As wonderful as they may be in a recipe, leeks can often be a real pain to clean.
A member of the onion family, leeks look like large scallions with a thick stalk or base. Because the white part of the base is prized in cooking, farmers mound dirt around the leeks to keep out the sunlight, extending the white as the leek grows.
Unfortunately, a lot of that dirt and grit ends up in between the layers of the leeks as they grow.
To clean a leek, peel and discard any old outer leaves, then trim the leek of the dark green leaves and base, reserving the white and any of the very light green base. Trim the root end, then halve the leek lengthwise. Rinse the leek under cold, running water, feeling between the layers to loosen and dislodge any dirt or grit. Finally, slice and use as desired.
Rinse the pieces in a colander under cold water. Just to make sure everything is totally clean.
Cooking is fun — at least it should be! No matter how long you’ve been in the kitchen, there is always something new to learn, whether it’s a simple twist on an old technique, or a handy tip to save time and energy. In this series of short videos, I demonstrate a variety of kitchen tips, including how to hold a chef’s knife for maximum control and how to use a spoon to peel fresh ginger. If you have any gadgets, kitchen tips or questions you'd like me to explore, leave a comment or shoot me an email at noelle.carter@latimes.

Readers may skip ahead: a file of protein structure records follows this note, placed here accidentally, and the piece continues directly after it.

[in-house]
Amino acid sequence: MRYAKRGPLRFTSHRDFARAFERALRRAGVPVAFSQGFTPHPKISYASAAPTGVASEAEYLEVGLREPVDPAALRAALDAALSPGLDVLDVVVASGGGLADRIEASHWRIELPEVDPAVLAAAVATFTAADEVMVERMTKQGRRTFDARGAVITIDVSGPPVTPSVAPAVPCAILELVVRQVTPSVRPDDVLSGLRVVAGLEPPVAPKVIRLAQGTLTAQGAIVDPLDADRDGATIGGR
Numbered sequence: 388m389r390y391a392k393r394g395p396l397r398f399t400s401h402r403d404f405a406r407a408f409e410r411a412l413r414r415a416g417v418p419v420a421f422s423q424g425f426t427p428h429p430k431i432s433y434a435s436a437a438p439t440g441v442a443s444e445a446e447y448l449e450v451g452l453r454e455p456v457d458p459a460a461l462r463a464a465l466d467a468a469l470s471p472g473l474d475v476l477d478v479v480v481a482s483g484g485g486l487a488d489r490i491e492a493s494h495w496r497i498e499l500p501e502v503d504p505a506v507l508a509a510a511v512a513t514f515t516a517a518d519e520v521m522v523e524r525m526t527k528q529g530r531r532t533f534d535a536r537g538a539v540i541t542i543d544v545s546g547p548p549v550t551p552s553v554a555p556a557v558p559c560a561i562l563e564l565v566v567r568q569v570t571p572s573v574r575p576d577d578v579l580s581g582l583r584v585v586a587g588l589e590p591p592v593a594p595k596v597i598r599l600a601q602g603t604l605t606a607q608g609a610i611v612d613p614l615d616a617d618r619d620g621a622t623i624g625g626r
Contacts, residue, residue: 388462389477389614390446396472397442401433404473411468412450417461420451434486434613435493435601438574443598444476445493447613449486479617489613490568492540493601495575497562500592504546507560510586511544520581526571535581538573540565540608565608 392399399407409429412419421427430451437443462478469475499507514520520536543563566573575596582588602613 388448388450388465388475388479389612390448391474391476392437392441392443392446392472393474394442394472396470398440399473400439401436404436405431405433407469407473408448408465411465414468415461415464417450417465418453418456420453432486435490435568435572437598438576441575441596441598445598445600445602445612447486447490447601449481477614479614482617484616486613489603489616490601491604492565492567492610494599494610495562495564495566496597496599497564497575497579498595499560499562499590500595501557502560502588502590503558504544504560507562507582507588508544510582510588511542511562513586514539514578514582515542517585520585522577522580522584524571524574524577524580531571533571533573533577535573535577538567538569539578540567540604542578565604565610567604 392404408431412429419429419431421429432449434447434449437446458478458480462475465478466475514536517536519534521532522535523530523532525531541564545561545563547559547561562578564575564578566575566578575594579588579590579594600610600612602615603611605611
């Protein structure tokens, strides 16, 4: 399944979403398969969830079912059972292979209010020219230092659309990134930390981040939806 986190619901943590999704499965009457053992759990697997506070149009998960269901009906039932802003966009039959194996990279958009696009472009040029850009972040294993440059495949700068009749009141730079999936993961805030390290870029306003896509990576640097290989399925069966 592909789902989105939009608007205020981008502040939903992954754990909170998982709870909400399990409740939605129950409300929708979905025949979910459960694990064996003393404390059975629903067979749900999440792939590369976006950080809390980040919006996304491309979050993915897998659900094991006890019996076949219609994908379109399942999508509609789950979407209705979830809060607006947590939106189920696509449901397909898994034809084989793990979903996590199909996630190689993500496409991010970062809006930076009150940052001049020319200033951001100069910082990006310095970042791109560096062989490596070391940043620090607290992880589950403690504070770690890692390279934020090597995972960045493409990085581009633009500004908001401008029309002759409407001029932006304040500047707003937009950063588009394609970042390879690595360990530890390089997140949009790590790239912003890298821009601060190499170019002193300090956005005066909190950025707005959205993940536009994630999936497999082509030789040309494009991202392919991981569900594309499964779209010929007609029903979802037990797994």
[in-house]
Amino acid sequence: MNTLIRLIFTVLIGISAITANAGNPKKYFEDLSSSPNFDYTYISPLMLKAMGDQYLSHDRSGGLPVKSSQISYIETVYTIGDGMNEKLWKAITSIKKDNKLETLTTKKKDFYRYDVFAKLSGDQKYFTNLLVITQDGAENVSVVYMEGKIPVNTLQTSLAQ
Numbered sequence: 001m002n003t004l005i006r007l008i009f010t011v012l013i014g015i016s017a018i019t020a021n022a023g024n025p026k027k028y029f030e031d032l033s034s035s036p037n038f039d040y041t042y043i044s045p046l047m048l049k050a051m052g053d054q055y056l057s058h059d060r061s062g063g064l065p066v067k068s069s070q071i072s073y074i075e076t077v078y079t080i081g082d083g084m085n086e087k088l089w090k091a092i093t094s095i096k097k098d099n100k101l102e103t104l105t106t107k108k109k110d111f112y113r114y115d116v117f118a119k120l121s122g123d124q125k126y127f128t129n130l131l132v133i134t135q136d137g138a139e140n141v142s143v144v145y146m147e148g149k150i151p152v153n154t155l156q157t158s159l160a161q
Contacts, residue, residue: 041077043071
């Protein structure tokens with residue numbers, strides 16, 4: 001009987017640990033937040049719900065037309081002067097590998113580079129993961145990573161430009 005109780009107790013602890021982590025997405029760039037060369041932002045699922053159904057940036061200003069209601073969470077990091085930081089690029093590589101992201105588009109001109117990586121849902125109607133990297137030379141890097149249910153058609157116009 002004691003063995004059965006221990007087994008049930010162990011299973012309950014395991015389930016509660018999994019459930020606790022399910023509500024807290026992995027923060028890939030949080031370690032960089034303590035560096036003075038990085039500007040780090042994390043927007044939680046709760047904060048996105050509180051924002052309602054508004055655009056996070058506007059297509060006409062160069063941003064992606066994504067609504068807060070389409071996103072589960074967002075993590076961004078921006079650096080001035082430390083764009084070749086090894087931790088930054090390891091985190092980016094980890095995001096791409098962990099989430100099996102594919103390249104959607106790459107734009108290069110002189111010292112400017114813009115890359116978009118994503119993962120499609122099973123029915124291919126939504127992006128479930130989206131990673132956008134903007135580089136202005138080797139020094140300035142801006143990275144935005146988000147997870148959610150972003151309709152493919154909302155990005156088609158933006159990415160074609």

ROBIN'S SALMON BISQUE
Note: Adapted from Robin's Restaurant in Cambria, Calif.
1/4 cup salted butter
1 cup sliced leeks
1 cup sliced white mushrooms
1 tablespoon minced garlic
2 3/4 cups (22 ounces) clam juice
2 cups crushed tomatoes
1/4 cup chopped fresh parsley
1 tablespoon chopped fresh dill, plus fresh sprigs for garnish
1/2 teaspoon salt
1/4 teaspoon pepper
2 cups cubed fresh salmon (bones removed and cut into 1/2-inch cubes), about 1 1/2 pounds
2 tablespoons flour
2 cups heavy cream
1. Heat a heavy-bottomed pot over medium-high heat until hot. Add the butter, and, when it is melted, stir in the leeks, mushrooms and garlic. Cook, stirring frequently, until the leeks are translucent and soft.
2. Stir in the clam juice, crushed tomatoes, chopped parsley and dill, and season with the salt and pepper. Bring to a simmer, then stir in the salmon. Continue to simmer until the salmon is fully cooked, 3 to 5 minutes.
3. While the soup is cooking, whisk the flour into the heavy cream in a small bowl. Slowly add the cream to the soup when the salmon is cooked. Continue to simmer until thickened, about 5 minutes.
4. Ladle the soup into bowls, and serve garnished with dill sprigs.
Each serving: 475 calories; 21 grams protein; 10 grams carbohydrates; 2 grams fiber; 40 grams fat; 20 grams saturated fat; 147 mg. cholesterol; 4 grams sugar; 535 mg. sodium.
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